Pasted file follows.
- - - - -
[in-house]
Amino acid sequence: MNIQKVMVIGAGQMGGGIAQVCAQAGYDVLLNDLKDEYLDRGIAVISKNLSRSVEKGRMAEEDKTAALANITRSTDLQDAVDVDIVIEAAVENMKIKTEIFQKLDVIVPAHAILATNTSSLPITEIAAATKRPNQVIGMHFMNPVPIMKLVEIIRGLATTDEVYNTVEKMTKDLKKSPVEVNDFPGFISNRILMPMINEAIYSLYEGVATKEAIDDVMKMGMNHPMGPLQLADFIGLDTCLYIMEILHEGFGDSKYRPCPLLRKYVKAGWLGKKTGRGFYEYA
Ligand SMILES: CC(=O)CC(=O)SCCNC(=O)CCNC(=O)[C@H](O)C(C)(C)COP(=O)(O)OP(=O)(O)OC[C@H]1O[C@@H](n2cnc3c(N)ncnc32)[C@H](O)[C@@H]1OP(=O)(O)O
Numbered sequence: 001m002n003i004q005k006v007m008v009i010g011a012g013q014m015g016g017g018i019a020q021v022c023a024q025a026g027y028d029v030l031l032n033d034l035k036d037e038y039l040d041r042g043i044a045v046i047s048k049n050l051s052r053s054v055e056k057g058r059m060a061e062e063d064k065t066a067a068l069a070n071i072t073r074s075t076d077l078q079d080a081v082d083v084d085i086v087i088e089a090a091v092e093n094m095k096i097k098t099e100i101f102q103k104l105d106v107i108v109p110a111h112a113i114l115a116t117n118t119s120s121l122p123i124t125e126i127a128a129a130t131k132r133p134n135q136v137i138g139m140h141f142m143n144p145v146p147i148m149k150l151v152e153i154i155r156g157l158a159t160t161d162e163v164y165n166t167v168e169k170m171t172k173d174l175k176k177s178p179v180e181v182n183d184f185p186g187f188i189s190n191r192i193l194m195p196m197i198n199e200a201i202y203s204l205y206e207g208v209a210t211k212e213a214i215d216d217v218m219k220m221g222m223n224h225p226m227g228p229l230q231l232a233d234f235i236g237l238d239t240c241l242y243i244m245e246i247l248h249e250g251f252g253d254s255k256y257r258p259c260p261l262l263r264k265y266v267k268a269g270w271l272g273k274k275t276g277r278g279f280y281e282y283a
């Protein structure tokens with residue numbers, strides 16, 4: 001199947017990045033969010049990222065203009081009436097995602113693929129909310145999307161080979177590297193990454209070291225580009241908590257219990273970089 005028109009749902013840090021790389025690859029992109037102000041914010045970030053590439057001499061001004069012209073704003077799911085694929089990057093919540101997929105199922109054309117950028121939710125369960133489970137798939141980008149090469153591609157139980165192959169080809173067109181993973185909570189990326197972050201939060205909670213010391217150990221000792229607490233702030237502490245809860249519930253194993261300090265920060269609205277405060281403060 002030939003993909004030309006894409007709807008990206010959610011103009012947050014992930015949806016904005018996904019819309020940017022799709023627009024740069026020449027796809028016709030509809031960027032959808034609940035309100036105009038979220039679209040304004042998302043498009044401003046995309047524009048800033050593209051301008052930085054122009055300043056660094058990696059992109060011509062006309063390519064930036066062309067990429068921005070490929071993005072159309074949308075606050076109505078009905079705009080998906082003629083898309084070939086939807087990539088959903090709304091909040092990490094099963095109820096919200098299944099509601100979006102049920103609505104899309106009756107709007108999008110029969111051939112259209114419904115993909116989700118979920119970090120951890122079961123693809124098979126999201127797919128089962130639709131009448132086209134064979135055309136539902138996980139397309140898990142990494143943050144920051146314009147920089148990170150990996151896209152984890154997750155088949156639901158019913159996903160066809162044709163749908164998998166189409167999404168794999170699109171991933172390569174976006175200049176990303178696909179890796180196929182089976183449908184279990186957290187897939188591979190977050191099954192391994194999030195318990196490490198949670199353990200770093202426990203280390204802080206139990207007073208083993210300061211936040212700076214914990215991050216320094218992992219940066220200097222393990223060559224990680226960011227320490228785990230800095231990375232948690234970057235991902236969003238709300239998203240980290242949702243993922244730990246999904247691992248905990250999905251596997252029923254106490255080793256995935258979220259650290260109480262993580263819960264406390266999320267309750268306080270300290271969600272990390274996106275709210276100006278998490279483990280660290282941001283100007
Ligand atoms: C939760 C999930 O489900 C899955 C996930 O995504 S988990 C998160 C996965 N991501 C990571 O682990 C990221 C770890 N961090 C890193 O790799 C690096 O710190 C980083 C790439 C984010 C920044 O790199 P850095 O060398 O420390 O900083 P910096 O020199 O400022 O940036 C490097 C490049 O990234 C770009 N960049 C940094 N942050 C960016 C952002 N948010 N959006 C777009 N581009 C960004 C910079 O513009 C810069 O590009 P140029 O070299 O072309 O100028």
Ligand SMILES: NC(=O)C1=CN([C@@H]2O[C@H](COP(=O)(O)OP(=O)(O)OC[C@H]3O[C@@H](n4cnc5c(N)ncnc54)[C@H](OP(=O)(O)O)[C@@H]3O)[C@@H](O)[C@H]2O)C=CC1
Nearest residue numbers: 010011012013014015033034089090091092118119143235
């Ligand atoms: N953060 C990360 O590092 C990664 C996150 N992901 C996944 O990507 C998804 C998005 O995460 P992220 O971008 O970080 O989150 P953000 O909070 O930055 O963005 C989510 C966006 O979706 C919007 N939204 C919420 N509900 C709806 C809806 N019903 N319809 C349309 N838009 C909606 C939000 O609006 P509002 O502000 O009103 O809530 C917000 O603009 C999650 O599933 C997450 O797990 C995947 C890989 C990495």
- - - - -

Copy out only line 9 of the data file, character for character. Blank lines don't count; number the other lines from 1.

């Ligand atoms: N953060 C990360 O590092 C990664 C996150 N992901 C996944 O990507 C998804 C998005 O995460 P992220 O971008 O970080 O989150 P953000 O909070 O930055 O963005 C989510 C966006 O979706 C919007 N939204 C919420 N509900 C709806 C809806 N019903 N319809 C349309 N838009 C909606 C939000 O609006 P509002 O502000 O009103 O809530 C917000 O603009 C999650 O599933 C997450 O797990 C995947 C890989 C990495």